General Motors’ UK-based Vauxhall operation plans to raise production at its Ellesmere Port plant in Cheshire by 25% by the end of next year.


Plant director John Burton said the output increase from 160,000 to 200,000 cars a year was needed to meet anticipated demand for the redesigned Astra, due on sale in May, and a planned revised Vectra range.


Burton has been leading a turnaround team at the plant looking at ways of improving productivity and efficiency so the plant can reach ‘world class standards’.


“We have looked at 47 different issues including operating a flexible holiday period system,” he said.


Ellesmere Port, opened in the early 1960s to build the first generation Vauxhall Viva, now makes a third of the Opel-designed Astra models built in Europe, in both left and right hand drive forms. Astras are also built in Belgium and Poland and are exported as far as Australia and New Zealand where they are sold as Holden models. They are also sold as Chevrolets in some markets, notably in South America.


Burton added: “We have a workforce of 4,000 employees operating five days a week using a three rotating shift system and I can run the production line on a Saturday if I need to up production further.”


Ellesmere Port is one of General Motors’ so-called ‘Flexi Plants’ and can build Astras and Vectras on the same production line. Currently it can build 40 cars an hour – 35 Astras and five Vectras.


“We have invested £300 million at Ellesmere Port in the last five years of which £80 million has gone on the new Astra” said Burton.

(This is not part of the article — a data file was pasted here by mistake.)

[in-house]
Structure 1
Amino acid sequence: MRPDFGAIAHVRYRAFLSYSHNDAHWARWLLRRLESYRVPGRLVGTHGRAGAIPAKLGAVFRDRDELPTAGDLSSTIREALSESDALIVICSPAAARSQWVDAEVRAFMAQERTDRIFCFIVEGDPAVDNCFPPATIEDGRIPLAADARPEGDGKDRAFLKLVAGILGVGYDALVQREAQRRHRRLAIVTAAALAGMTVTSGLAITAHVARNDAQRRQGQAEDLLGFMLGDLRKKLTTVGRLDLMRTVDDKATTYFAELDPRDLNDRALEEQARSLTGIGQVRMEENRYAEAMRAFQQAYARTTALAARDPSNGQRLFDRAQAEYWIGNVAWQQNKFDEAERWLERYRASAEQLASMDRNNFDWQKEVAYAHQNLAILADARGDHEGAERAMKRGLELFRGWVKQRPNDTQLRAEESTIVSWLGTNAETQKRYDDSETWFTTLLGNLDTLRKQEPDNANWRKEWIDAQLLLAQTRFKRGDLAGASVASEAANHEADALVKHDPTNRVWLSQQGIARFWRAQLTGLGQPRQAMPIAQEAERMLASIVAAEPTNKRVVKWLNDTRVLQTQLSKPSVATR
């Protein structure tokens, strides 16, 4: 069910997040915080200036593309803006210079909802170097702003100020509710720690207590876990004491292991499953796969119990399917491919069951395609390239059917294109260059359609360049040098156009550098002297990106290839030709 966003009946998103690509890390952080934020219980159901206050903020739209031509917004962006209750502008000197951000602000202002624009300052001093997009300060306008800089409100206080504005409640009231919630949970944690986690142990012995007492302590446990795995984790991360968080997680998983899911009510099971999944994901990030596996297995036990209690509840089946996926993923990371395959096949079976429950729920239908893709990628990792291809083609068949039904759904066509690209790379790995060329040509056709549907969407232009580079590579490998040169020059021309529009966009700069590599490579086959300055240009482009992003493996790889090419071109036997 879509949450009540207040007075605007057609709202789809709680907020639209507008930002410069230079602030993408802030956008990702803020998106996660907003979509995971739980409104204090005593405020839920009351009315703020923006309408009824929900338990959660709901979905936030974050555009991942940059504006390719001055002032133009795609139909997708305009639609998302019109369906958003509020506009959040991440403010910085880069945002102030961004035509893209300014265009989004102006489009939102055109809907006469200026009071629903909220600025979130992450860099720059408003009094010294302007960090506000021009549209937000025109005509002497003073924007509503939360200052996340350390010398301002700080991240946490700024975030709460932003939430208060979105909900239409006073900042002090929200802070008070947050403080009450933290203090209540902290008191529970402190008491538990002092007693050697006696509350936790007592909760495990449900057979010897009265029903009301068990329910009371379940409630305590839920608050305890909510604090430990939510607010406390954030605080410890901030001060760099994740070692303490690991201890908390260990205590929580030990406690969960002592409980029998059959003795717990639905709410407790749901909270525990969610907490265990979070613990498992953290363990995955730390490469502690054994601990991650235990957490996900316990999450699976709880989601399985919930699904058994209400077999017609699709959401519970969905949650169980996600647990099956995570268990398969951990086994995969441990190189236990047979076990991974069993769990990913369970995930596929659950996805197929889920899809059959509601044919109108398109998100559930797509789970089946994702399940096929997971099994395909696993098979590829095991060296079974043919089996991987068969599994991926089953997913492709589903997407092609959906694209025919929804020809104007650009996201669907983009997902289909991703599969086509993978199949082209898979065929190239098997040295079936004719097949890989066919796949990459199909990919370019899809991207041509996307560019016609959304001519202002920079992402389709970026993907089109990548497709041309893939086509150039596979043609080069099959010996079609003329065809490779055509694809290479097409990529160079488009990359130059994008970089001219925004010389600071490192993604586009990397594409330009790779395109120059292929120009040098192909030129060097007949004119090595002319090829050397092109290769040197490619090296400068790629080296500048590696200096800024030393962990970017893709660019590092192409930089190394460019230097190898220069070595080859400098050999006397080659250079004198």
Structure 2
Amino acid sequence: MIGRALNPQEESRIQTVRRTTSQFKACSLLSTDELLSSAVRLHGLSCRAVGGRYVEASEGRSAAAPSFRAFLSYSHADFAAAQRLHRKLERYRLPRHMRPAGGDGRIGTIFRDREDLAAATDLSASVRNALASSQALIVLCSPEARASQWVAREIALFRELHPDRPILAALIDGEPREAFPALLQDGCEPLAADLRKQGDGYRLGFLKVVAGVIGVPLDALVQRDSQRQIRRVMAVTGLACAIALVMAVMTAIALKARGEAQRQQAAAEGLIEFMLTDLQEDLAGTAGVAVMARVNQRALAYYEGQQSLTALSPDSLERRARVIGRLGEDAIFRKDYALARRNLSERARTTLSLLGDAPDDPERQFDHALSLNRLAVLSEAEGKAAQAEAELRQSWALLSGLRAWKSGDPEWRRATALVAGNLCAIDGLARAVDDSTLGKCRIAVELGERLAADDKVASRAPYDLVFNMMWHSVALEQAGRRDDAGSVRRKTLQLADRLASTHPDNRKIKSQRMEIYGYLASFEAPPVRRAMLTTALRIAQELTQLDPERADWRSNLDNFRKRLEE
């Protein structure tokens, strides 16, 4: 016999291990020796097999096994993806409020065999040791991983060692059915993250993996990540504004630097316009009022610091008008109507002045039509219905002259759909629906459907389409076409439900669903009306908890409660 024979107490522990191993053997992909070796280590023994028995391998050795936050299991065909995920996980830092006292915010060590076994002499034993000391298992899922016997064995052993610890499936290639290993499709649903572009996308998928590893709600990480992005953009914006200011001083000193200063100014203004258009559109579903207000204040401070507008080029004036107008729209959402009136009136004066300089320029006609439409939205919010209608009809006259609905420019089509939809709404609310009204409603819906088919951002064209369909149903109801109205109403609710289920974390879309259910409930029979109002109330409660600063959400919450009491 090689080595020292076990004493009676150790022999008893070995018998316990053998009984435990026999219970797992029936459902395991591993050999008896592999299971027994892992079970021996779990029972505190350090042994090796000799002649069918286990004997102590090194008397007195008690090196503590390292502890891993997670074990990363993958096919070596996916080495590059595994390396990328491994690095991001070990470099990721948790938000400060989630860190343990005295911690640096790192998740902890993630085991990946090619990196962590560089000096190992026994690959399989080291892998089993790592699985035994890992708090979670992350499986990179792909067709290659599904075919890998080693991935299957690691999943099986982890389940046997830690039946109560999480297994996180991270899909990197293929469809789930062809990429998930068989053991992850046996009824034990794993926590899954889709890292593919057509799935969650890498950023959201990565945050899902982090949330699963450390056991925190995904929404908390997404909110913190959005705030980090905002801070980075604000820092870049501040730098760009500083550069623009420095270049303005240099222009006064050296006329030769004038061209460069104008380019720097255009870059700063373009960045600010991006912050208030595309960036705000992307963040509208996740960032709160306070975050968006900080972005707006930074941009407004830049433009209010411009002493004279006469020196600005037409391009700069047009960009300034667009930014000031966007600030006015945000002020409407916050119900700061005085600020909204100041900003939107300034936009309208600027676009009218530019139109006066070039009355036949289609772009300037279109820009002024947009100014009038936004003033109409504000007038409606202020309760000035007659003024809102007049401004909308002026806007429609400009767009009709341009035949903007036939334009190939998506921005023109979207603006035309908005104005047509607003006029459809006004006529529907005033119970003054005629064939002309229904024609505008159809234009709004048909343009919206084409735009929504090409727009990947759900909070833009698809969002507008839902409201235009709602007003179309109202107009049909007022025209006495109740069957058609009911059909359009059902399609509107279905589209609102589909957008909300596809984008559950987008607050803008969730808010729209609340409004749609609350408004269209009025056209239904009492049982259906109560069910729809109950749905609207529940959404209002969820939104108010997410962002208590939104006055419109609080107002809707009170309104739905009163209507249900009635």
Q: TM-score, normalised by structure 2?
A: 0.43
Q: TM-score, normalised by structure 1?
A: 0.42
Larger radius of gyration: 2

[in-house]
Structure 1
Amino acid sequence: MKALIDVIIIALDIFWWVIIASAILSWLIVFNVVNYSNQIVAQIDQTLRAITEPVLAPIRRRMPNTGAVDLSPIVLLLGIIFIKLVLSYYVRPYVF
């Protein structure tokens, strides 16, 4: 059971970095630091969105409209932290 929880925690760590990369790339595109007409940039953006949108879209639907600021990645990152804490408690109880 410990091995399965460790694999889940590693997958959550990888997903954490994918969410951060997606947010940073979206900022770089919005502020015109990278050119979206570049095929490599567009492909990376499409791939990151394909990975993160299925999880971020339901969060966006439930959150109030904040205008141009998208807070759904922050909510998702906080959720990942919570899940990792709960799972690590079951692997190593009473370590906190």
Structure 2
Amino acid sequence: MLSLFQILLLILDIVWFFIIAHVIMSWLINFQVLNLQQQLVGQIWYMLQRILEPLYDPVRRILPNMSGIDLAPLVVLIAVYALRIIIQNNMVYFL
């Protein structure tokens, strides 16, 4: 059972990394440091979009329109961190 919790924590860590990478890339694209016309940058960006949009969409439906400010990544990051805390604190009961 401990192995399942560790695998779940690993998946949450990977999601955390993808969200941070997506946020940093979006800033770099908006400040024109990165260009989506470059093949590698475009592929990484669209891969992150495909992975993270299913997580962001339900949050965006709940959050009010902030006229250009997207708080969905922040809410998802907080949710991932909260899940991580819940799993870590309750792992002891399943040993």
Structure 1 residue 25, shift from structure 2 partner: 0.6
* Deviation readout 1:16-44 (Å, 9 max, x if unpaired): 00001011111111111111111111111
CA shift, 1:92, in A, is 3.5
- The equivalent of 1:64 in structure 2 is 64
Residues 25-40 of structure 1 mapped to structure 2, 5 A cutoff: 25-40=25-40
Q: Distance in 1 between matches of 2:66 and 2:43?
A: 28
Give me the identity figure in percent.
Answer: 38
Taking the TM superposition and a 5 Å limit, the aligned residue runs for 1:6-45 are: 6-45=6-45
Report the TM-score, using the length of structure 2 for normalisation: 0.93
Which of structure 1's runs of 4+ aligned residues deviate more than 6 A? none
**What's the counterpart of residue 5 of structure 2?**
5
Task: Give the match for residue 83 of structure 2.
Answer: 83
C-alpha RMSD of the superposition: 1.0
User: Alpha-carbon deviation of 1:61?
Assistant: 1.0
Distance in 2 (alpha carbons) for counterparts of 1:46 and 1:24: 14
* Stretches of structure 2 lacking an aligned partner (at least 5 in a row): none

Vauxhall plans to keep the old Astra on sale in the UK after launching the all-new version in May.


Production of entry-level right hand drive models will continue, to give Vauxhall dealers several budget-prices entry-level models, although assembly will move from Ellesmere Port to a Polish Opel plant.


Priced from just under £10,000, these models will stay in production until a redesigned three-door Astra is introduced in about a year’s time.


Vauxhall sales head Bill Parfitt said: “I expect we can sell 5-6,000 of these vehicles.”


An Astra estate car (station wagon) will joint General Motors Europe’s new Astra range Europe-wide next autumn while the redesigned convertible (with a metal folding roof this time) will arrive early next year.


Since the Astra was launched in the UK in 1980 over two million have been sold there. Over 100,000 are now sold each year and it was the third most popular new car line in the UK in 2003.


The Astra, with both Vauxhall and Opel badges, accounts for 22% of the of the four million cars sold in the segment in Western Europe every year.


GME expects the UK to be the biggest European market for the redesigned Astra and forecasts 48,000 sales this year. Prices will start at £10,995.